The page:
Cardinal Cap Alley and Bankside are tucked between the Globe Theatre and the Tate Modern on London’s South Bank. I was intrigued to read the plaque on number 49 which looks fairly convincing but it turns out it isn’t exactly true.
The writer and historian Gillian Tindall delved into the history of this building in her book ‘The House By The Thames: and the people who lived there’.
From her book, No.49 dates back to 1710 (now the oldest house on Bankside) the same year St Paul’s Cathedral was complete. This makes it highly unlikely that Sir Christopher Wren lived here during the construction period.
That said, Tindall believes the plaque originally could have stood on the actual house that Wren did live in, but a few houses east – situated where a modern block of flats stands today behind the Founders Arms pub. It is also likely that the owner of the property retrieved the plaque in 1945 when the original Wren building was demolished and placed it in turn on No.49. Tindall suggests that this simple act may have been the one thing that saved this building from all the demolition that went on in later years.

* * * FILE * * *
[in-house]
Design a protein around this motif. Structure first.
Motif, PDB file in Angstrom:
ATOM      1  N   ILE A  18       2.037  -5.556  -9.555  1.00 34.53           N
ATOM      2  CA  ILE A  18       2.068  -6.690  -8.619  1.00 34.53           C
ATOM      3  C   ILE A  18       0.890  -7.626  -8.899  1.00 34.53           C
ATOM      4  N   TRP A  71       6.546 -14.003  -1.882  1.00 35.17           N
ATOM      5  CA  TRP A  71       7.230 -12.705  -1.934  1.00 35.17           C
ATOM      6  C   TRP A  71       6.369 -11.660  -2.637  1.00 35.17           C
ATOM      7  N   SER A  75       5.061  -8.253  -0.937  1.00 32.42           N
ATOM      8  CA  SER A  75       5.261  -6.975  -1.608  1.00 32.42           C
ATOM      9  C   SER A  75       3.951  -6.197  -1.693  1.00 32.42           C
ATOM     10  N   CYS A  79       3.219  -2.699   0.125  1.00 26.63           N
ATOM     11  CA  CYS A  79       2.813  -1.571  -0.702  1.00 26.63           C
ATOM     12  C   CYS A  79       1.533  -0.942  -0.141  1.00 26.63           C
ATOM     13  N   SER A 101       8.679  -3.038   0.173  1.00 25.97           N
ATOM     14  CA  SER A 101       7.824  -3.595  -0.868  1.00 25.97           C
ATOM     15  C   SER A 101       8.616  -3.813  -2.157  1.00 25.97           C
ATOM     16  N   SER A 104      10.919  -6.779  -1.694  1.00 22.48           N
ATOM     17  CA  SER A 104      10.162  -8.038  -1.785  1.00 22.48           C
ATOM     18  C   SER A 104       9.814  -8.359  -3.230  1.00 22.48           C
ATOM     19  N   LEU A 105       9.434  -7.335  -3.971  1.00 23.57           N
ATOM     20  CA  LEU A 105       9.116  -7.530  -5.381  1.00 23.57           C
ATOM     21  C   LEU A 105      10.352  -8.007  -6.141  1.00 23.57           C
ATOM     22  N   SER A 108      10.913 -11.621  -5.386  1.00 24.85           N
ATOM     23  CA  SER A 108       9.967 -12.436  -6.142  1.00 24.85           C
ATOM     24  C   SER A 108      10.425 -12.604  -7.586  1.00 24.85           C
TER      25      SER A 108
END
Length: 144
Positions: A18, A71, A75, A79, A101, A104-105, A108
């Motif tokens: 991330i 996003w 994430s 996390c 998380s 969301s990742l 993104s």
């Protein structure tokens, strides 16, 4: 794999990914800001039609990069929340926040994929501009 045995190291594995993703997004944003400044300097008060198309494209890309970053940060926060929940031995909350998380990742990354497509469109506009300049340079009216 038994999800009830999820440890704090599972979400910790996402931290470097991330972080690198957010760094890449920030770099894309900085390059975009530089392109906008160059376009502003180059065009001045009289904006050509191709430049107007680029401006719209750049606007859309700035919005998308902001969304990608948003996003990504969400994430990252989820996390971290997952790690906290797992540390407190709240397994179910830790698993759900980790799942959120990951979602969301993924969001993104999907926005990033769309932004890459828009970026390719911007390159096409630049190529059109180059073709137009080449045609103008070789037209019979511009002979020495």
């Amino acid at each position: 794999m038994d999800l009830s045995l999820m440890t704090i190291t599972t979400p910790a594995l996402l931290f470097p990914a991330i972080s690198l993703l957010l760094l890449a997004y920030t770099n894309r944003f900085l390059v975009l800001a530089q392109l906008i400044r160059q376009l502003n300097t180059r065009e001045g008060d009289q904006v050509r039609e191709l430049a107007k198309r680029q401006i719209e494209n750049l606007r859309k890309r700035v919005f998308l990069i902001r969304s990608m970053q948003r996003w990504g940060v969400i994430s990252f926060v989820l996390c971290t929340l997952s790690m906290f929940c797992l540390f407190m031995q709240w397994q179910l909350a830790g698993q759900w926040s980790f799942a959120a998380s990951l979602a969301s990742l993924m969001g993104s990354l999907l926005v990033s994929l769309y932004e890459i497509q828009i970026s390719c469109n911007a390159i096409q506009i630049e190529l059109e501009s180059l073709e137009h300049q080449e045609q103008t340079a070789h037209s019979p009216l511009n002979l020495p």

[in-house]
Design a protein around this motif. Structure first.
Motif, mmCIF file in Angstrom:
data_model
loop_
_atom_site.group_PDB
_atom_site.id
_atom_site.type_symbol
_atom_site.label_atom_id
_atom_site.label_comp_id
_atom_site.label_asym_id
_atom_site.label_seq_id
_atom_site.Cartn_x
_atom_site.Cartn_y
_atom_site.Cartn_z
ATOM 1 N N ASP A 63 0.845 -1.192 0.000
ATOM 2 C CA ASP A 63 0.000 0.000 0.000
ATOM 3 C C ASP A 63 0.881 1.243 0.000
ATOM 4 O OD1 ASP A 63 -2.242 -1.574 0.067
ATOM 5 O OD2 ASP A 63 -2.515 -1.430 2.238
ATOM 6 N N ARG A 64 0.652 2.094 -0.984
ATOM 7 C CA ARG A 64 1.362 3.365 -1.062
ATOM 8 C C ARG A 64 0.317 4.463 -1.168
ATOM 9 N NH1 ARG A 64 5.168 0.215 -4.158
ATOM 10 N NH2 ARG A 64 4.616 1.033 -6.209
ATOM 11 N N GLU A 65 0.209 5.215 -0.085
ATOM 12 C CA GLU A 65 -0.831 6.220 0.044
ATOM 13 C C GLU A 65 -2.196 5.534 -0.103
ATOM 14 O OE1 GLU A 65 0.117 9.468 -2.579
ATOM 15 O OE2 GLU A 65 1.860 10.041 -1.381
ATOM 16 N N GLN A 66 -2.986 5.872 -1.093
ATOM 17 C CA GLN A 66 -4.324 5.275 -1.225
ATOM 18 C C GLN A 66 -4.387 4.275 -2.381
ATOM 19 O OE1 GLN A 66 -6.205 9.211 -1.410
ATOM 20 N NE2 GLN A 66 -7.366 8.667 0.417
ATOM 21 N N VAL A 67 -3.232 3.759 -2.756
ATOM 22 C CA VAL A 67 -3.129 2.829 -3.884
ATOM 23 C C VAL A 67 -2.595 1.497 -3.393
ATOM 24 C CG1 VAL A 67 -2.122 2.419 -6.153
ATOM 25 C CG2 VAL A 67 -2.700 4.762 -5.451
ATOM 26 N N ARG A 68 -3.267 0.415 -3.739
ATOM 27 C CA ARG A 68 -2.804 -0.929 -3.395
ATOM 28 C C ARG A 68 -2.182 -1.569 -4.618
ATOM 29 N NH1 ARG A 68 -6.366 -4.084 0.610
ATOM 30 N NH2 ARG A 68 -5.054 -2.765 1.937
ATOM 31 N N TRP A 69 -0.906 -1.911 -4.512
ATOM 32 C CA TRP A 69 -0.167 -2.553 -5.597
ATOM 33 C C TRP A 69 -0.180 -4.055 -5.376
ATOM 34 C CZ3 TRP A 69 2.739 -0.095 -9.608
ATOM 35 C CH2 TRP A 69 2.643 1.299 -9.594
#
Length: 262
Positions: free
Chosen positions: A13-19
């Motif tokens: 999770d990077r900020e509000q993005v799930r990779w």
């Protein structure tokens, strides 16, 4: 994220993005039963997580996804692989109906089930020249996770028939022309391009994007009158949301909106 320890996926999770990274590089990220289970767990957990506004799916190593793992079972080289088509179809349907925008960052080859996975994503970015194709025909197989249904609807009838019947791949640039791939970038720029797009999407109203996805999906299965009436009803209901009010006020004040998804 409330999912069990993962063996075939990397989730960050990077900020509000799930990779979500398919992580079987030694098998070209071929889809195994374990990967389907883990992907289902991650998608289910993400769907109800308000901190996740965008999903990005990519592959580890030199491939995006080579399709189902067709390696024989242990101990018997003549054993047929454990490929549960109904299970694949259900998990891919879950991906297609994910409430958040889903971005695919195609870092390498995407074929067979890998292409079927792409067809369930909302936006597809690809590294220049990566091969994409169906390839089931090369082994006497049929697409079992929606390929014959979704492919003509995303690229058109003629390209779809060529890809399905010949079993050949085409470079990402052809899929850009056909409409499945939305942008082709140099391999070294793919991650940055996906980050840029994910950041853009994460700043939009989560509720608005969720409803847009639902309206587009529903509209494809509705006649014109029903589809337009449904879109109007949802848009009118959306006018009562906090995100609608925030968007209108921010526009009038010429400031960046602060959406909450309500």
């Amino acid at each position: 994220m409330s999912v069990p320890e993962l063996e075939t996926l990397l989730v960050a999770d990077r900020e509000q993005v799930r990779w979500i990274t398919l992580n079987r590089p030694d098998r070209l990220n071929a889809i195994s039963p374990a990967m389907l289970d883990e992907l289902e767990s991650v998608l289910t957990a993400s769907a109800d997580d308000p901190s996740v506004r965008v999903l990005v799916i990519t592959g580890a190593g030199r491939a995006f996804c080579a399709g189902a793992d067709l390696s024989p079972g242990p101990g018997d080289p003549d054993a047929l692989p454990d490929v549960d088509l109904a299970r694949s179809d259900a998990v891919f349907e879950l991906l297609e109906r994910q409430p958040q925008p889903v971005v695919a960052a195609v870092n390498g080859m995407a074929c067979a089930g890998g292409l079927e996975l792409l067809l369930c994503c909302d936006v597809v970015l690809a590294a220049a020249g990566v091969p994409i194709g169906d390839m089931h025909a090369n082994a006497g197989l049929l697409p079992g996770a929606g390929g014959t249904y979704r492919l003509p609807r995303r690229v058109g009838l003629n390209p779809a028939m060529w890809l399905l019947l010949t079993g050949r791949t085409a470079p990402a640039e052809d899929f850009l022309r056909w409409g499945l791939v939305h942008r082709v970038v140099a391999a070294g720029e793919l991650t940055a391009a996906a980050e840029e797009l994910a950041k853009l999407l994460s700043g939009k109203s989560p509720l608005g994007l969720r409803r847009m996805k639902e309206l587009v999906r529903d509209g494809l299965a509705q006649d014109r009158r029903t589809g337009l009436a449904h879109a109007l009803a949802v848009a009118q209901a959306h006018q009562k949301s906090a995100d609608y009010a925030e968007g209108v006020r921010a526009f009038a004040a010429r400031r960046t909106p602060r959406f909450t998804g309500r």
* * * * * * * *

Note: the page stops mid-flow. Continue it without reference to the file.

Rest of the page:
There is a coat of arms above the door to no 49 which depicts what looks like crossed antlers on a blue background above three canon balls on a yellow background on a shield. To the right, three ravens/crows sit below a five pointed star on a grey background, over a diamond shape. Both shields sit beneath a crown. Do you know who might be associated with this coat of arms?
Reading the blog written by Memoirs of a Metro Girl the author notes that this building dates back to 1712 and no 51: ‘was named as Provost’s Lodging in the 20th century, with the future Bishop of Salisbury, George Reindorp living there after the war-damaged No.50 and No.51 were purchased from Bankside power station in 1957 (who had owned them for 20 years) and knocked together. Due to its location, Bankside was not an appealing place to live in the 1960s and 1970s due to the constant humming noise from the power station.’
Do you have any insights into the lives of any of these three buildings? I would love to hear from you.
Signed limited edition (set of 50) mounted prints are now available to order, presented in ivory white double mounts 16″ x 12″ for £70 each. If you would like to see the drawing in full please visit www.drawingthestreet.co.uk
Thanks for reading.